Start-ups don’t necessarily need to employ local salespeople when entering new markets because satisfied customers will often act as unofficial brand ambassadors, a global sales expert says.
David Obrand is the vice president of global sales at Yammer, a US-based enterprise social network service launched in September 2008. It enables employees to connect and collaborate.
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Users are able to discuss, update and share what they are working on with one another under a private, secure network dedicated to their company.
Yammer has more than four million users in 221 countries. There are more than 200,000 organisations with Yammer networks, including Deloitte, NAB and Westfield.
Last year was a big year for Yammer as it tripled staff, sales and users. Part of this expansion was the establishment of the company’s Australian operations.
Yammer has seven employees in its Melbourne office and one in Sydney, but is expecting to triple that number by November. According to Obrand, Australia is a “fascinating” market.
“Australia, as a market, has always been an early adopter of internet technology,” Obrand told StartupSmart.
“The average person spends between 17 and 19 hours a month on the internet, seven hours a month on social media, and is highly mobile.”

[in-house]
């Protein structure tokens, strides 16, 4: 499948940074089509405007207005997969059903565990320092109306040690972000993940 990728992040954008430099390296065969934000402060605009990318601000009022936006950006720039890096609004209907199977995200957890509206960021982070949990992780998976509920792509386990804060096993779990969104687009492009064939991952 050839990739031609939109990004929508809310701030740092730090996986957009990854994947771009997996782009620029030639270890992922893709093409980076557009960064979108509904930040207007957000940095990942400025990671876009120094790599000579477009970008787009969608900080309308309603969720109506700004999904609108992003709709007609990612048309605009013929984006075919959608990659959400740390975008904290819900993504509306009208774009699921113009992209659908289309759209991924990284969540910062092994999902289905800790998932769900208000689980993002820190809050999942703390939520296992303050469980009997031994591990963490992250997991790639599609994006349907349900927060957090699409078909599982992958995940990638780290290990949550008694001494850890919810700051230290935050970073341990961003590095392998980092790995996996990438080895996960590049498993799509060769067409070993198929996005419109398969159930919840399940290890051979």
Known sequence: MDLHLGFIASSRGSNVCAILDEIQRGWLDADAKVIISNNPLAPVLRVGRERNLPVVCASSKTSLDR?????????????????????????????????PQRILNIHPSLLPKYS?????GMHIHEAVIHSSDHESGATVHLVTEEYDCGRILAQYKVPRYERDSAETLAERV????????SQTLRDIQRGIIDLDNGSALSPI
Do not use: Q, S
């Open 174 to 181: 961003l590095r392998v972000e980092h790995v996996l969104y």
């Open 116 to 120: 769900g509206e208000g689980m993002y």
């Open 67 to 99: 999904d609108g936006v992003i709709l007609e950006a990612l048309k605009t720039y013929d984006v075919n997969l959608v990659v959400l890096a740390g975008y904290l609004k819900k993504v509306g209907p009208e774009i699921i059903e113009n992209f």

However, Obrand points out that Yammer initially didn’t employ any local salespeople when it entered the Australian market, saying the strength of its service was enough.
“We are incredibly blessed to have a highly passionate customer who does a lot of our work for us… For example, we have no salespeople in the Netherlands, yet 1% of the entire population are active Yammer users,” he says.
“That happens because customers love the service and they tell their friends.”
“We truly leverage our own technology to enable that through the Yammer customer network, where customers can congregate together and share best practices.”
According to Obrand, the best way for a company to innovate is to “give all of your customers a voice and allow them to sing from the rooftops”.
However, he says start-ups shouldn’t get caught up in customer acquisition, saying it is just as important to retain existing customers, particularly when seeking funding.
“It doesn’t matter how fast you grow. If you can’t retain those customers, you’ll never be able to double or triple your figures,” he says.
“The biggest thing is to listen [to your customers]. One of the great things about Yammer is that it gives everyone… a voice, and a voice that is heard.”
Yammer recently closed an $85 million funding round led by DFJ Growth Fund. Again, Obrand says it all comes back to the customer.
“We’re adding 250,000 new users every month to the service [and] 2000 new networks every week,” he says.
“When VCs see that, and they see the incredible renewal rate we have on these contracts, that gives them great confidence in the long-term.”